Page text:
6) Subsection (5) [concerning retrospective access] shall not be construed as applying, in relation to an individual who is a member of the staff of a public body, the right of access to a record held by a public body that
(a) is a personnel record, that is to say, a record relating wholly or mainly to one or more of the following, that is to say, the competence or ability of the individual in his or her capacity as a member of the staff of a public body or his or her employment or employment history or an evaluation of the performance of his or her functions generally or a particular such function as such member,
(b) was created more than 3 years before the commencement of this Act, and
(c) is not being used or proposed to be used in a manner or for a purpose that affects, or will or may affect, adversely the interests of the person.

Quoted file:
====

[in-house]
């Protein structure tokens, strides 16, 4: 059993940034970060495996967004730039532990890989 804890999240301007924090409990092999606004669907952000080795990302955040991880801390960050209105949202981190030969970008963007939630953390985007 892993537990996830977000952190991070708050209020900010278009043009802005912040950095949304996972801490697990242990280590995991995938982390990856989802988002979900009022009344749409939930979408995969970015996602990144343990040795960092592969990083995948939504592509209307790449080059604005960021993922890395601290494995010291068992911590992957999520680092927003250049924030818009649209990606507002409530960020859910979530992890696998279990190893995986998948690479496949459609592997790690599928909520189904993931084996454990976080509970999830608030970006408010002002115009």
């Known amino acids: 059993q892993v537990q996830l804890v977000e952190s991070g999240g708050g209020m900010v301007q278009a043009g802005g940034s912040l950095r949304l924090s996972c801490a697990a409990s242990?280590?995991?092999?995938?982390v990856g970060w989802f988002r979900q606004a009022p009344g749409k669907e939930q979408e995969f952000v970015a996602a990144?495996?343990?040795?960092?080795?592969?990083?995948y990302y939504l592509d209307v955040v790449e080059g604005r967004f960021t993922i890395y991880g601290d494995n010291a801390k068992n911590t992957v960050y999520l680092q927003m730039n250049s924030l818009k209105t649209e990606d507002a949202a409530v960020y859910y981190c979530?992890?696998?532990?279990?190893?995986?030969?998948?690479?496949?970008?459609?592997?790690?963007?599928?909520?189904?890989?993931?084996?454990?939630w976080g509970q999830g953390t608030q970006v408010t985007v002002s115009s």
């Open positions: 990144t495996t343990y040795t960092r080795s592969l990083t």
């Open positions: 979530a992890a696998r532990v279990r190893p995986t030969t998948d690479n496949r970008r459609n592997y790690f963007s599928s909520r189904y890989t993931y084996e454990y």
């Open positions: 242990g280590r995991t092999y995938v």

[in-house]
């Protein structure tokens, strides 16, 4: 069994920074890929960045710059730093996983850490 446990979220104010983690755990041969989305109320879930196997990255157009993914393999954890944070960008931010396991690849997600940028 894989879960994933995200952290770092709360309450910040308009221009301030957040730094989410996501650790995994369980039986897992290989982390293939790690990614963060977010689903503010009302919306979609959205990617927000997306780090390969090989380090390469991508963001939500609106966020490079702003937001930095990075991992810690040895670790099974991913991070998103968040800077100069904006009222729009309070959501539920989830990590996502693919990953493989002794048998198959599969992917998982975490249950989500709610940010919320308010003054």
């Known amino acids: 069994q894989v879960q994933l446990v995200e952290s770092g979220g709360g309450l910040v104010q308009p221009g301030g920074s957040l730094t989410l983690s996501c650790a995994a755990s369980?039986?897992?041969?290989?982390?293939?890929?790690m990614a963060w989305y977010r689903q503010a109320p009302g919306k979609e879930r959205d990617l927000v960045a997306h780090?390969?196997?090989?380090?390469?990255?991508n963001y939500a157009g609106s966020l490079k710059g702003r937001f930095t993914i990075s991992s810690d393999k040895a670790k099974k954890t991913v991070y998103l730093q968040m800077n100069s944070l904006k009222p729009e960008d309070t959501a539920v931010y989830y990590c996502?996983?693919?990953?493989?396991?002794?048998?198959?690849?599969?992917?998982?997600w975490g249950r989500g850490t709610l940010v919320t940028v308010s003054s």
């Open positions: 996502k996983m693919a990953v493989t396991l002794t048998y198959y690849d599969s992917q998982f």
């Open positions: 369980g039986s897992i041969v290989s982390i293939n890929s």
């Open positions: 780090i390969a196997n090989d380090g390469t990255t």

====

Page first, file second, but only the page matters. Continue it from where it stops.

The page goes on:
The Defence Forces have relied on this provision to deny access to certain records created prior to 21 April 1995. However, for the limitation on access to personnel files contained in Section 6(6) to apply it is essential that the records are not currently being used or proposed to be used in the future in a manner or for a purpose that affects, or will or may affect adversely the interests of the individual. In accordance with Section 34(12), the burden of proof in this matter rests with the public body. Therefore, it is for the public body to satisfy me that the records are not being used in a manner or for a purpose that adversely affects the interests of the requester or that they do not propose to use the records in a manner or for a purpose that will or may have such effect.